07 Jul Climate Index by NITI Aayog
Climate Index by NITI Aayog – Today Current Affairs
What’s the problem?
The weights assigned to the index’s six parameters need to be changed because they have tipped the rankings of the States.
Today Current Affairs
Objective: Niti Aayog publishes the State Energy and Climate Index (SECI) to promote healthy competition among states on several energy and climate sector fronts.
27 key performance indicators are used to evaluate the state’s performance, and they are grouped under 6 general criteria.
- Discom functionality
- Availability, cost, and dependability
- clean energy programmes
- usage of less energy
- environmental protection
- new endeavours
Ranking: Based on the composite SECI Round I score, the States and UTs are divided into three groups: Front Runners, Achievers, and Aspirants. SECI (Round I) ranks the States’ performance on these categories.
The average of the State-wise scores for each parameter’s corresponding country-level scores is determined.India received a total score of 40.6.
Larger states Gujarat, Kerala, and Punjab perform the best, while Jharkhand, Madhya Pradesh, and Chhattisgarh perform the worst. The Hindu Analysis
Goa, Tripura, and Manipur, three smaller states, perform best, while Meghalaya, Nagaland, and Arunachal Pradesh, three larger states, perform worst.
The top performing Union Territories are Chandigarh, Delhi, Dadra and Nagar Haveli, and Daman and Diu, whereas the bottom three are Andaman and Nicobar, Jammu and Kashmir, and Lakshadweep.
What gaps exist in the index? The Hindu Analysis
SECI’s current design and key principles are at odds with one another. When compared to the other efforts made by States and UTs, Discoms performance is given a disproportionately high weight (40 percent) among the many parameters.
Gujarat thus tops the list of big States in SECI Round I for overall score, yet it does not even rank in the top six for four of the six characteristics.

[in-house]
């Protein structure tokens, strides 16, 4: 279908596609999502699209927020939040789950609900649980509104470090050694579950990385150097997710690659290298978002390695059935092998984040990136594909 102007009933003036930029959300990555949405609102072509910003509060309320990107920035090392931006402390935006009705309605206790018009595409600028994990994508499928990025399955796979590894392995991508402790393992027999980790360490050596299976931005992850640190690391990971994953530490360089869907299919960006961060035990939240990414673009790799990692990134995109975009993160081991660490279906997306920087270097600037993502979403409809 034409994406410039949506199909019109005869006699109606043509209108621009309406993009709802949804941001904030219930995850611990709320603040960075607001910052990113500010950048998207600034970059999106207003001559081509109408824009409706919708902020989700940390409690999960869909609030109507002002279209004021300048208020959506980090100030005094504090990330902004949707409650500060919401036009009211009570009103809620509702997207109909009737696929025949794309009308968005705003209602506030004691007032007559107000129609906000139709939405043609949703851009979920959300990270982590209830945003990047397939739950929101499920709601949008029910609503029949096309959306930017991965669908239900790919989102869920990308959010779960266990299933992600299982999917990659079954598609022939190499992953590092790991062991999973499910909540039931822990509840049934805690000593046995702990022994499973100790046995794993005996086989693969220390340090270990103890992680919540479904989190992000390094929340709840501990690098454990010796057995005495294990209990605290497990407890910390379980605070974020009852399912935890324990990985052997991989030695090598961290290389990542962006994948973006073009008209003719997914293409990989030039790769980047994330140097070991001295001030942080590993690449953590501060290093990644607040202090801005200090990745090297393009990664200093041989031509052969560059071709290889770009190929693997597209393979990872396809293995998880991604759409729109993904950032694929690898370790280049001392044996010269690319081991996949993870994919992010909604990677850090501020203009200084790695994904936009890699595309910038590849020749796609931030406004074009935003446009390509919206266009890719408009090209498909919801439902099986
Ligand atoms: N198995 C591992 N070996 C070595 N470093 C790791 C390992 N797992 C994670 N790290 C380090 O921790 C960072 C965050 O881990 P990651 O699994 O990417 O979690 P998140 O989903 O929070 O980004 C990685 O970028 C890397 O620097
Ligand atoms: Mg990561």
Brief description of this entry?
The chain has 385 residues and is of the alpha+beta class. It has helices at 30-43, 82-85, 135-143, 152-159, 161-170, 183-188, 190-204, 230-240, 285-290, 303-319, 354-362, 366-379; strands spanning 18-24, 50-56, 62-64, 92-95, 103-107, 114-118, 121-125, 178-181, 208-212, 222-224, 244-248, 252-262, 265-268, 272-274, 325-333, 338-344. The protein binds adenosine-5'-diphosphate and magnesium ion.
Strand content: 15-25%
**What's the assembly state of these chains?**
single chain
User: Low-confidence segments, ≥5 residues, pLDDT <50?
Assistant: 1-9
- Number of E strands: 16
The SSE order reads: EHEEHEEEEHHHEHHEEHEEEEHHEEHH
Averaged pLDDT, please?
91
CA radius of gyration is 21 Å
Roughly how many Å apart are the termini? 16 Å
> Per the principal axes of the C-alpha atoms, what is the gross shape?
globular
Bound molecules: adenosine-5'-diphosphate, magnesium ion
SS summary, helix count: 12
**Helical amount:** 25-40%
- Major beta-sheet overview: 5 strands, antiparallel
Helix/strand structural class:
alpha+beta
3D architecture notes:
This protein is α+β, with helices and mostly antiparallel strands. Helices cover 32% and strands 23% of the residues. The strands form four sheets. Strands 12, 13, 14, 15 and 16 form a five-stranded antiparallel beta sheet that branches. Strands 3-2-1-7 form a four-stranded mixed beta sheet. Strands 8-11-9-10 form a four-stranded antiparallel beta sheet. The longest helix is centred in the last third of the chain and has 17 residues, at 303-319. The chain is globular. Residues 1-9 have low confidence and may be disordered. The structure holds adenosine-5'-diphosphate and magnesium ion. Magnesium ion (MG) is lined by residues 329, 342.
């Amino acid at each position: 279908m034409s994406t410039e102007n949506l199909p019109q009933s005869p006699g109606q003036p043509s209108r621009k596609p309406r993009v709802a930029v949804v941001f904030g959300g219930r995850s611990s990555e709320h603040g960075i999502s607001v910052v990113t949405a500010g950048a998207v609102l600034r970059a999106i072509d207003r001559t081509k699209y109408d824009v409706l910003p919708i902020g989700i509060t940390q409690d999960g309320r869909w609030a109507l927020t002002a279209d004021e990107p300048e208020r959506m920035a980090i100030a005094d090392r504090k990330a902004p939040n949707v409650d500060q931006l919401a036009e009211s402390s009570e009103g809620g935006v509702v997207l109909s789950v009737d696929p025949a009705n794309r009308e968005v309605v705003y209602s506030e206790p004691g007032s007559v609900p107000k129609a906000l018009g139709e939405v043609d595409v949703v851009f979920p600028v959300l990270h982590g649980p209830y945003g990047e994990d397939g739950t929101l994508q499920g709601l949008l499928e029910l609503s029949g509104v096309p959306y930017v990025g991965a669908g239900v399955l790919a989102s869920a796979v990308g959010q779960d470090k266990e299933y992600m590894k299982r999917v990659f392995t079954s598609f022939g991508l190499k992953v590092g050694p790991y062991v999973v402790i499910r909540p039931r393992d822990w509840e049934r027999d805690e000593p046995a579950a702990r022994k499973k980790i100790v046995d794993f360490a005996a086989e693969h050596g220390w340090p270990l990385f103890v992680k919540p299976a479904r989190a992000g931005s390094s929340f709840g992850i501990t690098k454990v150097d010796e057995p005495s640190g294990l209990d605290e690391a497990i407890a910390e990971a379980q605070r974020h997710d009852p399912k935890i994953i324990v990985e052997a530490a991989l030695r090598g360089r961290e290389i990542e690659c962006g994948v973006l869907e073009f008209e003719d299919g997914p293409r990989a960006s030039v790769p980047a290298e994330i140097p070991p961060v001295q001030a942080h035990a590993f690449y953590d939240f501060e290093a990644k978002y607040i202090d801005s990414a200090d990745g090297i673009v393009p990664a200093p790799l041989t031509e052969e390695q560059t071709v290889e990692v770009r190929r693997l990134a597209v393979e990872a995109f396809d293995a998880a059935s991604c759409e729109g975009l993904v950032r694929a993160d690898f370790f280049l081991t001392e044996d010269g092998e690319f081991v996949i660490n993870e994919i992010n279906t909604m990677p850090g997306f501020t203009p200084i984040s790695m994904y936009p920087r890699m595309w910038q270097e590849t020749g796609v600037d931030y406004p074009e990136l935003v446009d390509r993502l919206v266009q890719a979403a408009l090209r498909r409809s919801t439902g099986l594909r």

It is essential that the index’s design is driven by an objective logic rather than by subjective or unrelated factors. The Hindu Analysis
Rethinking and revising the weights—In order to overhaul the current energy value chain, it is urgently necessary to reevaluate and update the weights given to other factors.
The introduction of smart meters is the answer to cutting AT&C losses and improving the targeting of DBT programmes to cut Discoms’ deadweight losses.
Current best practices for energy management- States have moved quickly toward these cutting-edge Clean Power Purchase Agreements, showing no inertia (PPAs).
Indicators like the State’s development of a battery ecosystem and progress in implementing clean PPAs can encourage States to adopt them and provide policy clarity. The Hindu Analysis
Non-progressive nature: SECI is not fair to the States’ genuine efforts to reach the net-zero emissions objective and therefore not progressive.
About 38% of India’s total annual primary energy demand is used by the building sector, however states that are leading the way in implementing the Energy Conservation and Building Code 2017 do not even appear in the top 10 of the SECI list. The Hindu Analysis
Without taking “Just Transition” into account, SECI rankings show that States with a large coal industry perform the worst, but worldwide experience demonstrates that Just Transition policies require extensive preparation, execution, and involvement.